The age old phrase “ there is always a reason for everything,” without a doubt applies to why society targets the fragile body image of women and youth: because it is all about the money. The beauty, fashion, and diet industries advertise the standard beautiful, skinny model not by coincidence. Alone the diet industry makes $100 billion dollars a year by playing into the sensitive emotions of women worldwide. Industries fuel the need for women to want to achieve physical perfection, and provide the “tools” to do this. At a price convenient for them to make a handsome profit that is (Webster 2). Makeup for this, a surgery for that is the way various industries make a pretty penny playing up women’s insecurities. Thousands of products of all price ranges are on the market that can help women look like the Malibu Barbie on the shelves of Toys R Us. A tiny waist. Large, voluptuous breasts. Long, shiny, blonde hair. Bronzed, smooth skin. And the perfect set of sparkling blue eyes. Although, women in today’s society want to embrace diversity in appearance, the media refuses to let that happen for economic reasons. Often, magazines feature a plus size model in the pages or on the cover. The response from everyday women is always positive, and women are pleased to see someone they can relate to. Placing a plus sized model is detrimental though to advertising companies, who claim that skinny models sell products better (Webster 2). As a whole, women are tired of being only presented what the beauty, fashion, and diet industries deem attractive, however, advertising companies clearly make the point that they are not willing to change the routine beauty that is presented. Because of the unwillingness of industries to change their marketing strategies, the consumer is effected and suffers serious consequences that are sometimes as deleterious as eating disorders.
Both experts and everyday people alike state that society is not the cause for the negative body image women feel, nor is the cause of the development of eating disorders. Even though society plays a significant role in the poor body image of women ,eating disorders do in fact often come about from various medical reasons. The most common is the lack of brain chemical called serotonin, and other supposed reasons for the development of an eating disorder can include anything from various physiological disorders, to complications at birth (Schwarz 2). Although it is true that various other factors contribute to eating disorders, the negative influence of society can still not be over looked or thought to be insignificant. A person with one of the factors that contributes to eating disorders might not develop one on his or her own because of just the complications alone. The persistent and emotionally appealing images presented by society to the vulnerable people, however, are perhaps just enough to push someone with a chance to develop an eating disorder over the edge. Even though other factors play into the development of eating disorders, chief executive of Beat, Susan Ringwood, makes the valid point that, “we can’t change brain chemistry and we can’t protect young women from all forms of trauma. Of all the factors involved in eating disorders, images in the media are the one area we can change” (qtd. in Bawdon 3). Instead of having the media focus on negative body images, the media should focus on all types of beauty and possibly make the rising percentage of those with eating disorders go down rather than up.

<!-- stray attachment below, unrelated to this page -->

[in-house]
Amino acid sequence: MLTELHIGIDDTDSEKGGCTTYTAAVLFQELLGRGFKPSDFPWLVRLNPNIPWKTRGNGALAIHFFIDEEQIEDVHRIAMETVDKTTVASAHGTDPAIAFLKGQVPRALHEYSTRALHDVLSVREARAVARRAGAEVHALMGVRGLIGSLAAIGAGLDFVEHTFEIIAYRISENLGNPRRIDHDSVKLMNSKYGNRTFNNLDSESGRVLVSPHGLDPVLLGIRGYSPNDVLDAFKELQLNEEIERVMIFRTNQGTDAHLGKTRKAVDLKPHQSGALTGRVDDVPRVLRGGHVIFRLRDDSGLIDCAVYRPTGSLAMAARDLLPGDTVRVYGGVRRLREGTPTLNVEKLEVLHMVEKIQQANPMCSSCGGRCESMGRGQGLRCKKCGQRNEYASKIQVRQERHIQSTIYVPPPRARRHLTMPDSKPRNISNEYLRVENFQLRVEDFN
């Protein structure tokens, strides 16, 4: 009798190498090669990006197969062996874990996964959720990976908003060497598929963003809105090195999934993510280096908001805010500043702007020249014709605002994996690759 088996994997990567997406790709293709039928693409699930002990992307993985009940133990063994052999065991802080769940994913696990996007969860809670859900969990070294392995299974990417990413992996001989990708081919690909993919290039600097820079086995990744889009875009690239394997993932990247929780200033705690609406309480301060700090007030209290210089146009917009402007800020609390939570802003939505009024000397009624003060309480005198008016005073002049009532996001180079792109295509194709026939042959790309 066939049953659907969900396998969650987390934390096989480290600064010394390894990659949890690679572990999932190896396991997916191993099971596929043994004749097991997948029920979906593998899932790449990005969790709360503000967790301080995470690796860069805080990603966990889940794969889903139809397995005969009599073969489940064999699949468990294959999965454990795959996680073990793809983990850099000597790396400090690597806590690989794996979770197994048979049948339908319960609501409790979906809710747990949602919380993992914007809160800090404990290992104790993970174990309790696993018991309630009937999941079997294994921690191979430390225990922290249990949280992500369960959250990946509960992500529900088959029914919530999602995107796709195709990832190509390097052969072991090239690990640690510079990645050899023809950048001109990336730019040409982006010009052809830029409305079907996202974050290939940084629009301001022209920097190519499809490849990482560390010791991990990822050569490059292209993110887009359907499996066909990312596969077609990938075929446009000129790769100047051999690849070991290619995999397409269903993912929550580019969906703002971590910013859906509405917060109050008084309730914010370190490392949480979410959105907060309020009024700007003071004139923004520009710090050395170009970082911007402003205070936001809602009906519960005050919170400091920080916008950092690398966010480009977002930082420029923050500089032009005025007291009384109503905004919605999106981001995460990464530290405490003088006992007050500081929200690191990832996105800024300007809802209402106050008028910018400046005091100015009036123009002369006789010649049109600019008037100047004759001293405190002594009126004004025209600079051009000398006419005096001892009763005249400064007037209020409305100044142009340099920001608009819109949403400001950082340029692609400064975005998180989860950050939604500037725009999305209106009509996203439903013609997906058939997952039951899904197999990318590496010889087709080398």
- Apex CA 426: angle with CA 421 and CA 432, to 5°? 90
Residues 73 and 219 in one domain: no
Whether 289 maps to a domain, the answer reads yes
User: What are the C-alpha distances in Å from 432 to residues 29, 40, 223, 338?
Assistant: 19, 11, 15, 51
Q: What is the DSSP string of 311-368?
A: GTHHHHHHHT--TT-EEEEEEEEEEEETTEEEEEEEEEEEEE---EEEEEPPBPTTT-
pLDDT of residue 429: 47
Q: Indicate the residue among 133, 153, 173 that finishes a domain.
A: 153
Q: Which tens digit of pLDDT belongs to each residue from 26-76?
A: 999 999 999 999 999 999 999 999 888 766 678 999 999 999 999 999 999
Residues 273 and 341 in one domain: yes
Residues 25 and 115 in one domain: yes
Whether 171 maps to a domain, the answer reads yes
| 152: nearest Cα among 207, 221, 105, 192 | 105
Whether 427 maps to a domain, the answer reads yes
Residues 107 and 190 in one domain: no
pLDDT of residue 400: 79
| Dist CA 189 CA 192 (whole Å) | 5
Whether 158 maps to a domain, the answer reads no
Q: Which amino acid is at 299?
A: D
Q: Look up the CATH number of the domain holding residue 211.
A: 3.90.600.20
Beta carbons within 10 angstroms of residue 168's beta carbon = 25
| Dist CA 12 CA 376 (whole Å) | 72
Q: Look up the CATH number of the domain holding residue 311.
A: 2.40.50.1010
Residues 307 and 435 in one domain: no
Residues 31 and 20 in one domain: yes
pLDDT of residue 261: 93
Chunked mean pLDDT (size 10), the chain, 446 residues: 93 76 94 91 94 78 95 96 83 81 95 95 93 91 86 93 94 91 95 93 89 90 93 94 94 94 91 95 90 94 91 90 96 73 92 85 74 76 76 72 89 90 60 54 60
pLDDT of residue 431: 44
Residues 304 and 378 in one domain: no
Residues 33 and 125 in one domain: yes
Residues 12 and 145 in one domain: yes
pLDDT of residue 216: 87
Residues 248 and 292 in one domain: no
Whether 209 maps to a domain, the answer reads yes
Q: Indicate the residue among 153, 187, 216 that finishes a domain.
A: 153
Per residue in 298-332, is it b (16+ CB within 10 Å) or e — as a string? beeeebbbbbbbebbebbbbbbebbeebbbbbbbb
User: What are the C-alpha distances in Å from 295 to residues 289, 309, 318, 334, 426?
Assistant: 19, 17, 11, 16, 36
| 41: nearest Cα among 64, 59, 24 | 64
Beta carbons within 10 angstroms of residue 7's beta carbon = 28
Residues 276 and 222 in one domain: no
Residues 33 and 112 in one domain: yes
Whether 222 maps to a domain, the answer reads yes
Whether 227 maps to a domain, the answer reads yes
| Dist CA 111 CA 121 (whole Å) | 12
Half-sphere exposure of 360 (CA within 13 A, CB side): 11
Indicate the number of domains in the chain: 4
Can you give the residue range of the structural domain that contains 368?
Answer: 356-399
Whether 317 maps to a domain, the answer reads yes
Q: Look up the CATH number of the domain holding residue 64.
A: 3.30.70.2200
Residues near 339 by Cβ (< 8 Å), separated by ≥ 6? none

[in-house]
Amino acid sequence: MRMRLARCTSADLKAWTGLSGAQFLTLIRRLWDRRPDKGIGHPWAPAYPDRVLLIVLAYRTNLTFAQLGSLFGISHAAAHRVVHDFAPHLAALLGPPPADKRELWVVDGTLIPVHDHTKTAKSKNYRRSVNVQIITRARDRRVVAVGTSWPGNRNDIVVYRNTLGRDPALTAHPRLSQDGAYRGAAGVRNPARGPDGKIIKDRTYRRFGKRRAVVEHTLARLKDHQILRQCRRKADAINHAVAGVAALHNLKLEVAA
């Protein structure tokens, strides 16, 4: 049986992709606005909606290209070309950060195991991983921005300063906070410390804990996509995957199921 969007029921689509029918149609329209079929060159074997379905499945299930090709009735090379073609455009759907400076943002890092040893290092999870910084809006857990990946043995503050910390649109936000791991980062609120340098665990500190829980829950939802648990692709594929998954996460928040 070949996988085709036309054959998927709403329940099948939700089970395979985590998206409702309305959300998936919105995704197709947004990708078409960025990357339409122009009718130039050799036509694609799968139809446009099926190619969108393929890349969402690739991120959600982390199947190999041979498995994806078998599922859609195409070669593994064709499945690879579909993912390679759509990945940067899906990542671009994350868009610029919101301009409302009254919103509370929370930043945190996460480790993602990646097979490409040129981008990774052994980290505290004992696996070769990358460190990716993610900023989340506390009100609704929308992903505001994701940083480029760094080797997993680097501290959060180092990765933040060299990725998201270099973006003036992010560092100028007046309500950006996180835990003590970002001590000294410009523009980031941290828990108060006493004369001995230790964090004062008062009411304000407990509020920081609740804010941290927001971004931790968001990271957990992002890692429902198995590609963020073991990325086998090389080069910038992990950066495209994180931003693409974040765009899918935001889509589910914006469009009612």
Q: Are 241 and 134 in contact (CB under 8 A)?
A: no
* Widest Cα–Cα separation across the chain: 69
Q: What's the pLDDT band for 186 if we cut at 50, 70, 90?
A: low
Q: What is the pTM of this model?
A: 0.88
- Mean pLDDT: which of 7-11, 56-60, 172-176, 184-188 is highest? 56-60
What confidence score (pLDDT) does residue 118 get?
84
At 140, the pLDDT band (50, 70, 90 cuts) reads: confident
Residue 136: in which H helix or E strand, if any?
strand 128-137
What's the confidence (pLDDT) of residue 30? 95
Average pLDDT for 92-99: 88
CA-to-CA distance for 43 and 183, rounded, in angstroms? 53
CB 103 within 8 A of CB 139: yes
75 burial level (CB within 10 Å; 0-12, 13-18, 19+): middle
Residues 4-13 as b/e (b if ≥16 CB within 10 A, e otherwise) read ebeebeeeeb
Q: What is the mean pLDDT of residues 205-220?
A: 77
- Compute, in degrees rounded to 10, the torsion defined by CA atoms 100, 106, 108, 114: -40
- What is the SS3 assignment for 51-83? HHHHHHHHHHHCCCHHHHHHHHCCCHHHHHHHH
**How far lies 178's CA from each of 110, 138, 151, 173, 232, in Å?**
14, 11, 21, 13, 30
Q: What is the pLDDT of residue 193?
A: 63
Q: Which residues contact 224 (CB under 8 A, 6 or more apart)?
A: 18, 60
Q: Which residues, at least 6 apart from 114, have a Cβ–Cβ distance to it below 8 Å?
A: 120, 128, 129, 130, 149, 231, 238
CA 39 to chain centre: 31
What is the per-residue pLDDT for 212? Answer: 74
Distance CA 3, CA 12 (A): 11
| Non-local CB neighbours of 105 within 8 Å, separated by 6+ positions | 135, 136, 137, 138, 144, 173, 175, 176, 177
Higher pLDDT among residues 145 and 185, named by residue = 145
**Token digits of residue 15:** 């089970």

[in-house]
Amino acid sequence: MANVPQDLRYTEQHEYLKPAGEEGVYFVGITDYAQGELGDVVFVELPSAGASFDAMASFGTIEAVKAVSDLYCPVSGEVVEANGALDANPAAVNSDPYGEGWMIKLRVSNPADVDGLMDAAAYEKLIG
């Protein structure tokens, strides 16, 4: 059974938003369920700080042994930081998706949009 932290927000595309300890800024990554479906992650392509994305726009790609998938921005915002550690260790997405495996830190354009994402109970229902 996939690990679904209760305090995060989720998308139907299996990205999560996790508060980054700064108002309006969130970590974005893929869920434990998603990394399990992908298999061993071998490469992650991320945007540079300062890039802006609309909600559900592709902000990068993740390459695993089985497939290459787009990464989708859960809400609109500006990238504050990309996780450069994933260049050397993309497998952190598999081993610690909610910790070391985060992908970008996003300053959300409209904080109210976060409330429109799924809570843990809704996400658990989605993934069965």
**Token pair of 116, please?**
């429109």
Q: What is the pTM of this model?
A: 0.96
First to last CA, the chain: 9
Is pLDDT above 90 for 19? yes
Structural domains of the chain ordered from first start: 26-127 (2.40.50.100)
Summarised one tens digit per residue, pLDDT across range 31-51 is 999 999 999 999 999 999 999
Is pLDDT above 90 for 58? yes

In conclusion, by looking at how throughout history society helps to pass a negative body image to the youth of the world for greedy economic reasons, even more serious eating disorders have resulted. It is up to the people to change the negative impact society has had on our body image by standing up. Standing up and insisting that all types of beauty be displayed in the media, and spread that being thin is not the only way to be beautiful. Promoting diversity and individuality is imperative because that is what each and every one of is: an individual. If successful, generations of women to come will be able to have more self acceptance and be able to love themselves as they are. Not only is a greater self acceptance finally wanted by people for society, but also now is the perfect time for it to be needed.